The Commission acknowledged that Thailand has successfully addressed the lacks in its fisheries legal and administrative systems. For this reason it lifts the so-called "yellow card", in place since April 2015, a warning from the EU that the country at that time was not sufficiently tackling illegal, unreported and unregulated fishing. This decision reversed the first step of a process that could have caused a complete import ban of marine fisheries products into the EU.


Since the yellow card was issued, the Commission and Thailand have collaborated to improve Thai fisheries governance in accordance with the international commitments of the country.

Thailand has changed its fisheries legal framework and it now meets the international law of the sea instruments. It has also reinforced compliance with its obligations as a flag, port, coastal and market State, included clear definitions in its legislation and created a regime of sanctions. What is more, it has enhanced the mechanisms of control of the national fishing fleet and its monitoring, control and surveillance systems. This regards remote monitoring of fishing activities and a scheme of inspections at port.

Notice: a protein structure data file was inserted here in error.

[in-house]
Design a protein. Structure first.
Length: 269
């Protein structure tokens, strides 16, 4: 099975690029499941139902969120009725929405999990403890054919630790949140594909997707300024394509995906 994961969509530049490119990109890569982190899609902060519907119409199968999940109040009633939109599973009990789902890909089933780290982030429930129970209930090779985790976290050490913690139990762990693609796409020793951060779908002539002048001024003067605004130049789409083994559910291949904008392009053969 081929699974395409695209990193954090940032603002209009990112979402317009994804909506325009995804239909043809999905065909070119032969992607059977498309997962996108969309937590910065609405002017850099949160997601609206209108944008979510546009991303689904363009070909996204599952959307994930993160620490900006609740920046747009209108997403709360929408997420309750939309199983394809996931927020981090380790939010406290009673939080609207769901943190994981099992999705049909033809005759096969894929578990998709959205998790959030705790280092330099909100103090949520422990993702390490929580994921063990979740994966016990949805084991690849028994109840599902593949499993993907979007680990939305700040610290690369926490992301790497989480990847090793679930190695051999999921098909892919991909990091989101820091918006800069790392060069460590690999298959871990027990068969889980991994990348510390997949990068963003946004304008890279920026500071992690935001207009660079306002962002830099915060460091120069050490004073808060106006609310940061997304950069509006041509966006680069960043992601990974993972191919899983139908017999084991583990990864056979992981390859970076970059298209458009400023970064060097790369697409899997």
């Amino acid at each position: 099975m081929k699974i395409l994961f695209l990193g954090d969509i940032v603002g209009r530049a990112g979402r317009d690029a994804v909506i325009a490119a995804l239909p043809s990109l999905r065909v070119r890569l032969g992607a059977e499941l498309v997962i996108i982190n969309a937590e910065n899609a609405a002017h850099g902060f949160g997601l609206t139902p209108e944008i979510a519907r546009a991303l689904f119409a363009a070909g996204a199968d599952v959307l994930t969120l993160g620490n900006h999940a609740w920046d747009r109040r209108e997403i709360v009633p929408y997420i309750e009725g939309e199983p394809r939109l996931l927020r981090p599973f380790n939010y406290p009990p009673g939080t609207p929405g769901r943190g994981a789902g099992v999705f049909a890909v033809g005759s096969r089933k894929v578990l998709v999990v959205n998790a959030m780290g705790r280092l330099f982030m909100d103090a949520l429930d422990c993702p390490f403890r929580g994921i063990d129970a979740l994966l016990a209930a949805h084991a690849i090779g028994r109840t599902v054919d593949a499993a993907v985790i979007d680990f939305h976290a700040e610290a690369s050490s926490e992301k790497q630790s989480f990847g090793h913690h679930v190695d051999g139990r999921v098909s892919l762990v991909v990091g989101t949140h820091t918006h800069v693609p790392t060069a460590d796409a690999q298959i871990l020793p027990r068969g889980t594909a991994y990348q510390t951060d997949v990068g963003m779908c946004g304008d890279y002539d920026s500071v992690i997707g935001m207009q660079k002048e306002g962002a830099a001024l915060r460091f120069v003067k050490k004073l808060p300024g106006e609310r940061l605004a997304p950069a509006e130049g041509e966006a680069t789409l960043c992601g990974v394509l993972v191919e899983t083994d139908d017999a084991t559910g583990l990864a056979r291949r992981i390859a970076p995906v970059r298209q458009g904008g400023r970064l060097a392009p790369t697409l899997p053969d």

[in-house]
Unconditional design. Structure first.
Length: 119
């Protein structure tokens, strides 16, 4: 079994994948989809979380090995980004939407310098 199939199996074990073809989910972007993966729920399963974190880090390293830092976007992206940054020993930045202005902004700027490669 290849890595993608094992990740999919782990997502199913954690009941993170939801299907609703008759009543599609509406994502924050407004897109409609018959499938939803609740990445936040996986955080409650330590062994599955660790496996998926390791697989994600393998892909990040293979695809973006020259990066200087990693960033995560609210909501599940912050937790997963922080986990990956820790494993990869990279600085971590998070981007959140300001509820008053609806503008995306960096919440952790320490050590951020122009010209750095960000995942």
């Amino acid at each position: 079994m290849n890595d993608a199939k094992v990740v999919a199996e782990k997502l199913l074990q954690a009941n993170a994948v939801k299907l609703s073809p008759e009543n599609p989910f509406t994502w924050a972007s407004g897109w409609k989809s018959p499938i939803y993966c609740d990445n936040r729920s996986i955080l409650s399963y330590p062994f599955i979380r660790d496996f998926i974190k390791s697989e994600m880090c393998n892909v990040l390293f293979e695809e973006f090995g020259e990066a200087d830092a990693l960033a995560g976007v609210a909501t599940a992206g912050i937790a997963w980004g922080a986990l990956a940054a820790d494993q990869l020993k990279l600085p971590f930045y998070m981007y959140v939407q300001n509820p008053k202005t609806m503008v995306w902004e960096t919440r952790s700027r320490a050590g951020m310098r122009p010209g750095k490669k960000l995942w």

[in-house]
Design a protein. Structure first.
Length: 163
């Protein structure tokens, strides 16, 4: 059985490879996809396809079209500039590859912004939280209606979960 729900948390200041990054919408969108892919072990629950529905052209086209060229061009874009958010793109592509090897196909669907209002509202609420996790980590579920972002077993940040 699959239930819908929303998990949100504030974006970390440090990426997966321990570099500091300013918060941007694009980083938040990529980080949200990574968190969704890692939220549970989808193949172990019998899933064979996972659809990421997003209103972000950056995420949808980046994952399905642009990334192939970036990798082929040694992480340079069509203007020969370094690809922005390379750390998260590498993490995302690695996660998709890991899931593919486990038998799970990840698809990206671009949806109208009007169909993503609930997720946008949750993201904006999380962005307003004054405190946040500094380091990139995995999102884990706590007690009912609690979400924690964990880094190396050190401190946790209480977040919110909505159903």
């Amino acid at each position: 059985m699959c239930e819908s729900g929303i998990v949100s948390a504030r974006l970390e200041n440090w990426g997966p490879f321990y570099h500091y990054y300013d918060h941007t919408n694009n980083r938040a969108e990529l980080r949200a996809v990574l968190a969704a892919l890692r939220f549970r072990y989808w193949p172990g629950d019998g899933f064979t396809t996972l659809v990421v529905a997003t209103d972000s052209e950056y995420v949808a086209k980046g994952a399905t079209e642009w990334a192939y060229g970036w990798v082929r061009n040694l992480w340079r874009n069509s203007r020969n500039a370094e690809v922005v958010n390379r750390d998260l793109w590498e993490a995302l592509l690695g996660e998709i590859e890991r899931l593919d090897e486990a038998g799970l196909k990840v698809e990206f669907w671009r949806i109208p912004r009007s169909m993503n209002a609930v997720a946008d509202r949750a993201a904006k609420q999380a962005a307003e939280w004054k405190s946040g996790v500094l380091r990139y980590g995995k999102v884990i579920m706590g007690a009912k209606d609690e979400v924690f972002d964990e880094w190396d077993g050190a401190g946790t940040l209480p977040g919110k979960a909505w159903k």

Additionally, the EU recognised the efforts demonstrated by Thailand to mitigate human trafficking and to improve labour conditions in the fishing sector. While not part of the bilateral dialogue on illegal, unreported and unregulated fishing, the Commission and the European External Action Service have addressed with Thai authorities the serious human rights abuses and forced labour in the fishing industry. In fact, Thailand has recently announced the ratification of the International Labour Organisation's Convention No. 188 on Work in Fishing (C188), the first country in Asia to do so.